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The Cattle Connection

The cattlemen's connection to timely topics, current research, and profitable management strategies
100 0083

Preparing for Calving Season


There is nothing like a healthy new born calf to make your day. However, it is important to remember there are several factors that can influence the health and vigor of new born calves. Here are some things you may want to consider.

In many areas of the Midwest, Selenium is deficient in the soil. As a result, pasture, hay, and grains that are grown from Midwestern soils will share the deficiency. As a herd manager, one option to consider is providing higher levels of Selenium in your mineral supplementation program to alleviate deficiency problems. Injectable products, such as Mu-Se, provide supplemental Selenium along with vitamin E. It is recommended that Selenium and vitamin E both be supplemented to guard against Selenium deficiency.

Body condition of cows at calving has been shown to influence several factors. First, cows in heavier body condition are better equipped to handle the nutritional demands of lactation. This results in faster breed back in the spring. Also, cows with a higher Body Condition Score (BCS) supply more IgG in their colostrum which generally leads to healthier calves and less scour issues. Take a look at your cow BCS and provide supplemental feed to bring thin cows up to more ideal scores.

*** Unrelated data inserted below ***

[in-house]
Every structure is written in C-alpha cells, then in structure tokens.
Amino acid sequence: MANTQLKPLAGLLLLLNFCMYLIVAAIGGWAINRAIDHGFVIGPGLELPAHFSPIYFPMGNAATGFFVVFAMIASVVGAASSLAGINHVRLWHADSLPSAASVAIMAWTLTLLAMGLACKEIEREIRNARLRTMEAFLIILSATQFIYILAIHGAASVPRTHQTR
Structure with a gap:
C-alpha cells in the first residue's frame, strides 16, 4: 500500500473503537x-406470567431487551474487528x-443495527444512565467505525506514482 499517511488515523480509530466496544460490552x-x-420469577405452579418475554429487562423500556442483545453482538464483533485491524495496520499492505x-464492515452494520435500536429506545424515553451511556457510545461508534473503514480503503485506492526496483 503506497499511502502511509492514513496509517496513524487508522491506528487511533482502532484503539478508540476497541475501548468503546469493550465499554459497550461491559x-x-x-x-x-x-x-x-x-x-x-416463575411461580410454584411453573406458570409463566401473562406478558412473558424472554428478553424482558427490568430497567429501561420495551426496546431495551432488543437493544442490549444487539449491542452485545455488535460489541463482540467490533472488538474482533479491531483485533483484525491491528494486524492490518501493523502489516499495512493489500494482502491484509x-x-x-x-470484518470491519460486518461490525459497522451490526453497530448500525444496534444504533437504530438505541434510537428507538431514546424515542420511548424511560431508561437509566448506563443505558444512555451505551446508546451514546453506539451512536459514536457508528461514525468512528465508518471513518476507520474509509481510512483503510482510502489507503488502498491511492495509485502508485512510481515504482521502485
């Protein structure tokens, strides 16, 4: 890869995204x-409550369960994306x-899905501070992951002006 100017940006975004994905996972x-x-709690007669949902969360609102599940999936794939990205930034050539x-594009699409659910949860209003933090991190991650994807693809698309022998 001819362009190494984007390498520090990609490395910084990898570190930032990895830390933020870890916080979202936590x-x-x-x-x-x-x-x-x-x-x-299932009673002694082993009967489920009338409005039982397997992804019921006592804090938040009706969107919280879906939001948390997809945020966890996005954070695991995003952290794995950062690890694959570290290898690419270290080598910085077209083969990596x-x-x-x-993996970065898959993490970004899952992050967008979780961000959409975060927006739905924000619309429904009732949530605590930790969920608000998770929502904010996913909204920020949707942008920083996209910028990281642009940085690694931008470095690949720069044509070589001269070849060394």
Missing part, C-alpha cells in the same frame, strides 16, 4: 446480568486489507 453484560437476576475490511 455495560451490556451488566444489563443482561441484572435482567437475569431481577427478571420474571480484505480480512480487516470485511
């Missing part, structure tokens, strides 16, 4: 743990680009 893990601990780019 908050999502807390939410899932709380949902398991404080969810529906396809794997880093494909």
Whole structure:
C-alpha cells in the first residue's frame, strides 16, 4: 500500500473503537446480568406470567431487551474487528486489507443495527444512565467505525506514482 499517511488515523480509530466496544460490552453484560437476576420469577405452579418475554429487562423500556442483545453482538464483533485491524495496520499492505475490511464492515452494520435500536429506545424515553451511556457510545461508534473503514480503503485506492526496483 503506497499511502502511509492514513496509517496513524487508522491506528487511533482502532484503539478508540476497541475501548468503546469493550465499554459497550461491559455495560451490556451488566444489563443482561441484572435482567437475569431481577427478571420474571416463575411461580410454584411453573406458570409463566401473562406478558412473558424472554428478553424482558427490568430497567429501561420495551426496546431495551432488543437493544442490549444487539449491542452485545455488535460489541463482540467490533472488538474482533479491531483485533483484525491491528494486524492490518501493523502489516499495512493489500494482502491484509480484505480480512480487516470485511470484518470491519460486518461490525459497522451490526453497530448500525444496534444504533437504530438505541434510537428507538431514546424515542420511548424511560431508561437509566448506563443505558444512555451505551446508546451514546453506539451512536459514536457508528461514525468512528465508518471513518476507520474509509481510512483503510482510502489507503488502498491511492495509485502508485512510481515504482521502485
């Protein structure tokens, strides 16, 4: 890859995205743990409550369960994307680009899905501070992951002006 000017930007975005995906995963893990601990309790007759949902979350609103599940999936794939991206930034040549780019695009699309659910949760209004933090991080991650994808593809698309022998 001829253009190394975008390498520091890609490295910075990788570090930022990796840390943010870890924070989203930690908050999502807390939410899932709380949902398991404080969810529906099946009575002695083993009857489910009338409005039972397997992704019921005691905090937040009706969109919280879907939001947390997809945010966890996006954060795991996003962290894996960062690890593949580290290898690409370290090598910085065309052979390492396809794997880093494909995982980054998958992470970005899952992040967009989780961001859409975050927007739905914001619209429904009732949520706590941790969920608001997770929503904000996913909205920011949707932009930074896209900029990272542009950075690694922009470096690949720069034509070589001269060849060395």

Planning a calving flow chart can be very beneficial to maintaining health and performance. Many producers will have one area for close-up cows, one area for calving, and one area for lactating cows. This is a good layout until disease occurs. When a disease occurs, the remainder of cows yet to flow through the layout will be exposed to the pathogens. Thus, you may want to formulate a plan B area to allow better disease control.

Order calving season supplies ahead of time to ensure they are on site when you need them. Artificial colostrum or bagged, dry colostrum replacer is one of the supplies you will want to have. Make sure when buying colostrum replacer it is in fact a replacer and not just a supplement. The easiest way to know is the price. The replacer will be roughly 3 times the cost. Trust me it is worth the extra money. Obtaining colostrum from a cow that lost her calf or a neighboring farm can work too. Just make sure the herd is Johne's free and on a good herd health standing. Calves will need colostrum in the first 2-4 hours, thus having some on site is crucial. Don't forget OB lube, OB chains, palpation sleeves and other materials that may be needed to assist calves.

Live calves are the best calves. Being prepared for calving season could return several dollars to your operation.


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